I arrived in Managua for a six-month stay in March 1990. It was a day or so after the election, which the governing Sandinista Front (FSLN) lost to the opposition UNO coalition. The nation seemed to be in shock. The Sandinistas had expected to win easily; there had been many polls before the election, and the most legitimate ones confirmed an FSLN victory. Despite their US backing and aggressive talk, the UNO leadership seemed to be completely unprepared for an actual victory.
In the first days after my arrival, people I met eagerly offered explanations for the FSLN’s loss. It was the mothers who did it, because the Frente did not promise to end the military draft. No, it was UNO’s vote-buying that made the difference. The terrible economic situation (mostly caused by the United States economic blockade) was the reason. Too many people cast protest votes, I was told, wanting to express their dissatisfaction with the government but never dreaming that those votes could matter. Most important, I think, was the realistic fear that the United States would continue the devastating “contra” war as long as the Sandinistas were in power. It looked painfully like a surrender, but voting them out seemed the only hope for peace.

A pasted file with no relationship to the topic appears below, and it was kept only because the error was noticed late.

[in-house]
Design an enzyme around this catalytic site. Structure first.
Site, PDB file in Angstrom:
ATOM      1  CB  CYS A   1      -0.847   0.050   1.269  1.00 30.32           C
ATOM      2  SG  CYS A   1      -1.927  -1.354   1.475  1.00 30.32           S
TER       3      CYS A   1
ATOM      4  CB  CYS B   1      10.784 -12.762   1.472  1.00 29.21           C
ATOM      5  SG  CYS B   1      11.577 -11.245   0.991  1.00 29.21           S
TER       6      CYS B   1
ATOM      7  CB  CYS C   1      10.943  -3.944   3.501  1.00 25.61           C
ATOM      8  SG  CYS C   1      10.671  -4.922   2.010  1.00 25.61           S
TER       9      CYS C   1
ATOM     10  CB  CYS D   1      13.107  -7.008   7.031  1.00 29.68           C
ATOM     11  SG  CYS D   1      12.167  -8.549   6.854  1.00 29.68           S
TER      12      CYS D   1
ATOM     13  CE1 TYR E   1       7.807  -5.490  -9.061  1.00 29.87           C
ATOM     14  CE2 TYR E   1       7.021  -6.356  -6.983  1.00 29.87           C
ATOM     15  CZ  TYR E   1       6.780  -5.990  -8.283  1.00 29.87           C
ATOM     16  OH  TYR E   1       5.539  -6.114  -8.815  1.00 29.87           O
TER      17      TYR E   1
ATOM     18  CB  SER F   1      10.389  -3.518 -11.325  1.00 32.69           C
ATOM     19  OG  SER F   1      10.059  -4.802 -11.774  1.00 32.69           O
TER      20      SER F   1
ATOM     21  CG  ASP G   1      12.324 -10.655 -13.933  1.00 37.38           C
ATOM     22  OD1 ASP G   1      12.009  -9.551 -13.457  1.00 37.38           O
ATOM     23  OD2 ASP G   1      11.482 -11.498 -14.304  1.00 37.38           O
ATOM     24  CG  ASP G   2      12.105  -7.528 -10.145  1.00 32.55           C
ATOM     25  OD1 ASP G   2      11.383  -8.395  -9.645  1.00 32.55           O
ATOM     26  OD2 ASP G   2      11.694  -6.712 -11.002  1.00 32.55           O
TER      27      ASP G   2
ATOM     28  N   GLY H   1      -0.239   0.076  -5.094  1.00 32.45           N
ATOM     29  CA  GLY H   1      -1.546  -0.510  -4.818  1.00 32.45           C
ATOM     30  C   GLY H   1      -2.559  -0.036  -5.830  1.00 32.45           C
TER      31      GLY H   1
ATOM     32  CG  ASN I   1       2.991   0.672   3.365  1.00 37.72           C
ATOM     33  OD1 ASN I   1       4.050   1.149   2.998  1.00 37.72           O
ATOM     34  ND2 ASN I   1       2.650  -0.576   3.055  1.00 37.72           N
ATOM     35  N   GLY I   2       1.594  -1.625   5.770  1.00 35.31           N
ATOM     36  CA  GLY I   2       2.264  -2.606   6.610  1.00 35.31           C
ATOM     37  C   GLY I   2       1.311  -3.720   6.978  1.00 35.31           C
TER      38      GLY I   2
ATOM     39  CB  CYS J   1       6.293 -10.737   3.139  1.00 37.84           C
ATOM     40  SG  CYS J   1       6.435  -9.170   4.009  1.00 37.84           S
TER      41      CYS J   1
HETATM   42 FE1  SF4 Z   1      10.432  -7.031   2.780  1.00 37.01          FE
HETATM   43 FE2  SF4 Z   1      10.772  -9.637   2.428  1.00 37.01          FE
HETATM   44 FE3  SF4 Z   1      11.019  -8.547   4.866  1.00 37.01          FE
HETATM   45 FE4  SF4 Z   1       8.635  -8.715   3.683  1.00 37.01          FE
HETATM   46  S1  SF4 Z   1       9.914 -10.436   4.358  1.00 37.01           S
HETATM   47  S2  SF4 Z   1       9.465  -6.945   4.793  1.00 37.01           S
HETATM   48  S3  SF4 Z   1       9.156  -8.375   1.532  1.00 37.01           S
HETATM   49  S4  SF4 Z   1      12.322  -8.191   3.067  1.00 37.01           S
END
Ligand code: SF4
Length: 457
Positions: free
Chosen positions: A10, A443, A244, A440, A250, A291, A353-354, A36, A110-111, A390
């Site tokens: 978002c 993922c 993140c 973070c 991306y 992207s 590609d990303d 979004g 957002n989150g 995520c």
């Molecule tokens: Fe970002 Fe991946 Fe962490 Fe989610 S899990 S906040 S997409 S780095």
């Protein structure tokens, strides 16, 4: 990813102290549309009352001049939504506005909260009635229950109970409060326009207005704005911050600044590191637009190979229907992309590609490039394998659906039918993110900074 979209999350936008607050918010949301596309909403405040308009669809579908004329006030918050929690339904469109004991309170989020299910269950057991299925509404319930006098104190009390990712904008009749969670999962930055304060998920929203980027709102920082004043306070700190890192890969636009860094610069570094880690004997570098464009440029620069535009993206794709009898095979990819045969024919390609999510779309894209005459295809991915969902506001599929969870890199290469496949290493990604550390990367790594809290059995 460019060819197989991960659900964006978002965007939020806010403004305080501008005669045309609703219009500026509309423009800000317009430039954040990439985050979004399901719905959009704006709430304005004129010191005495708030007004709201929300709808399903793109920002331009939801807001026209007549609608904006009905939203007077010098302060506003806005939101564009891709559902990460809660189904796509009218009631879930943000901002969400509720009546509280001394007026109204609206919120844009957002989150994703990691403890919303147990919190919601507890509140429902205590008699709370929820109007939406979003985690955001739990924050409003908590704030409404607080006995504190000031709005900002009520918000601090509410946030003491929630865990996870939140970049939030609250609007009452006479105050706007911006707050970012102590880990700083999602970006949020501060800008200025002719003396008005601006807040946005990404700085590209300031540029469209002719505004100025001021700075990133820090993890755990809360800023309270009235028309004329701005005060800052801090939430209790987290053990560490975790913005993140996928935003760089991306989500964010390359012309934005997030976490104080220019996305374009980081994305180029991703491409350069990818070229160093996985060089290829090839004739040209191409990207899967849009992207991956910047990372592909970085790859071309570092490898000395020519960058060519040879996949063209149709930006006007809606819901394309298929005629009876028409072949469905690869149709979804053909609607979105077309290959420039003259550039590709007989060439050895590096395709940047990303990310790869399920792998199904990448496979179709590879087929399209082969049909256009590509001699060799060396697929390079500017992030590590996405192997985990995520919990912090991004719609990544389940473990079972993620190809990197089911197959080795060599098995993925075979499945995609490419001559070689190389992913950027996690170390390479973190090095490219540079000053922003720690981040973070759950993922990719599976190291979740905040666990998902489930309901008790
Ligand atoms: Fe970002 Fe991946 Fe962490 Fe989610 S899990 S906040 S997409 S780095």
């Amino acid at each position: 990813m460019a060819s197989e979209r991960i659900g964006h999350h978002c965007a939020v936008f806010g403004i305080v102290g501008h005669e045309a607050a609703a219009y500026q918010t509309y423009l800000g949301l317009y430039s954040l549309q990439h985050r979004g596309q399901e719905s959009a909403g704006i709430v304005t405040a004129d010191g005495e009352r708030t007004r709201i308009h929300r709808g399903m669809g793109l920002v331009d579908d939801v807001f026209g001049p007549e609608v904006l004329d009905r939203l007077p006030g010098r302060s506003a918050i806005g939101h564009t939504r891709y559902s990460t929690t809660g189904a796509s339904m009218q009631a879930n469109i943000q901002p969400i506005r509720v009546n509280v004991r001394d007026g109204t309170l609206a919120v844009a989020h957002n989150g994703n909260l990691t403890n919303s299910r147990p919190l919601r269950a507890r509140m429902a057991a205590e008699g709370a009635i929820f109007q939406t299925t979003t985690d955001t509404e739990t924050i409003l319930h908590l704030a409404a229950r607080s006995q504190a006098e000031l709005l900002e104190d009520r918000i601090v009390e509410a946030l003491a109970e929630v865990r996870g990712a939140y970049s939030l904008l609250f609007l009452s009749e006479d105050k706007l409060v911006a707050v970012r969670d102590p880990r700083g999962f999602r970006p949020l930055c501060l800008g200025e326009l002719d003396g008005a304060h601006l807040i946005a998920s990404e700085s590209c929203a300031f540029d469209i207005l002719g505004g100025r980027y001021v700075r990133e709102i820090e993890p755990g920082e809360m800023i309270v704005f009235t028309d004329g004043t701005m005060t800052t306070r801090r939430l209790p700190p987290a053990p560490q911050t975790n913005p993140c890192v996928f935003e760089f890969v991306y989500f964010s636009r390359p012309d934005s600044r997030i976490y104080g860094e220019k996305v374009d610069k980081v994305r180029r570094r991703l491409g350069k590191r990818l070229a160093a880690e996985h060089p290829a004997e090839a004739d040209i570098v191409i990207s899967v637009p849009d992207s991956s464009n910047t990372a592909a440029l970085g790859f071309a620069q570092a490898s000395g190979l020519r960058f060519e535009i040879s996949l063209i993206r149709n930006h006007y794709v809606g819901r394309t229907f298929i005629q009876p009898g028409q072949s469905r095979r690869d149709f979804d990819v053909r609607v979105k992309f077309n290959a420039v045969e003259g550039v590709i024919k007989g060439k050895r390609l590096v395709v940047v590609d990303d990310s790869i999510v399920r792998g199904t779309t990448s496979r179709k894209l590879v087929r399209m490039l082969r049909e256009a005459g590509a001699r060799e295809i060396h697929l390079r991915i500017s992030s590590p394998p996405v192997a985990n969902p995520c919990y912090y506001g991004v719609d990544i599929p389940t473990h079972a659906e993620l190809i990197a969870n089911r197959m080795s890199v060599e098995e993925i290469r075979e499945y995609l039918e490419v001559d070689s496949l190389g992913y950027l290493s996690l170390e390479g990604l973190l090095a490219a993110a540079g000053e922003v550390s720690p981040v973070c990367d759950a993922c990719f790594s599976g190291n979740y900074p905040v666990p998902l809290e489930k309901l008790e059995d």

US propagandists had disparaged the election, casting doubt on its legitimacy as they had done earlier in the 1984 election that the Sandinistas won. This time, however, the United States liked the result so it had to change its tune — praising the election while expressing doubts that the FSLN would actually turn over the government to UNO. But they did. The Sandinista leaders respected the outcome and yielded government power after several months of transition marked by agitation and demonstrations, though not much real violence. The contra war faded away and Nicaragua turned to an uneasy peace, marred by a shattered economy and a wave of crime as thousands of soldiers on both sides demobilized. The World Court had determined that the United States owed Nicaragua millions of dollars in reparations for its aggression, but the US rejected the court’s judgment and refused to pay. No official help, or even apology, was ever given. The Reagan team was shown to be guilty of atrocious terrorism, but never held accountable.